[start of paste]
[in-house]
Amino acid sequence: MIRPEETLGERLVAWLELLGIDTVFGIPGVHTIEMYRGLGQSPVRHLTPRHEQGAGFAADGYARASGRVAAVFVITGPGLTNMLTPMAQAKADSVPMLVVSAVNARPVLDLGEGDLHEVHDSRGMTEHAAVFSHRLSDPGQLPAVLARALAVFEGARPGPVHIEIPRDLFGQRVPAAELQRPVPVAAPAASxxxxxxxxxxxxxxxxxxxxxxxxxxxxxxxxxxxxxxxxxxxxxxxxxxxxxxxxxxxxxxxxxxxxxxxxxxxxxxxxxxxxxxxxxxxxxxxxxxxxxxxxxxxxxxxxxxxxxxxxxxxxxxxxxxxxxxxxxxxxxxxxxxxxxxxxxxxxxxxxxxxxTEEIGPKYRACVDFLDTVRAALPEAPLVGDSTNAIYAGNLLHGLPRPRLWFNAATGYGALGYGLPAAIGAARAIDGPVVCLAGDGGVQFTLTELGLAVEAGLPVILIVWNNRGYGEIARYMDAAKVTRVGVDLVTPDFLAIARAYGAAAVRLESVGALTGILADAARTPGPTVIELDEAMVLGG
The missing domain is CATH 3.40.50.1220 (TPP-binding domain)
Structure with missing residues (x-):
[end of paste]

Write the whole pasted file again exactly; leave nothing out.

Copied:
[in-house]
Amino acid sequence: MIRPEETLGERLVAWLELLGIDTVFGIPGVHTIEMYRGLGQSPVRHLTPRHEQGAGFAADGYARASGRVAAVFVITGPGLTNMLTPMAQAKADSVPMLVVSAVNARPVLDLGEGDLHEVHDSRGMTEHAAVFSHRLSDPGQLPAVLARALAVFEGARPGPVHIEIPRDLFGQRVPAAELQRPVPVAAPAASxxxxxxxxxxxxxxxxxxxxxxxxxxxxxxxxxxxxxxxxxxxxxxxxxxxxxxxxxxxxxxxxxxxxxxxxxxxxxxxxxxxxxxxxxxxxxxxxxxxxxxxxxxxxxxxxxxxxxxxxxxxxxxxxxxxxxxxxxxxxxxxxxxxxxxxxxxxxxxxxxxxxTEEIGPKYRACVDFLDTVRAALPEAPLVGDSTNAIYAGNLLHGLPRPRLWFNAATGYGALGYGLPAAIGAARAIDGPVVCLAGDGGVQFTLTELGLAVEAGLPVILIVWNNRGYGEIARYMDAAKVTRVGVDLVTPDFLAIARAYGAAAVRLESVGALTGILADAARTPGPTVIELDEAMVLGG
The missing domain is CATH 3.40.50.1220 (TPP-binding domain)
Structure with missing residues (x-):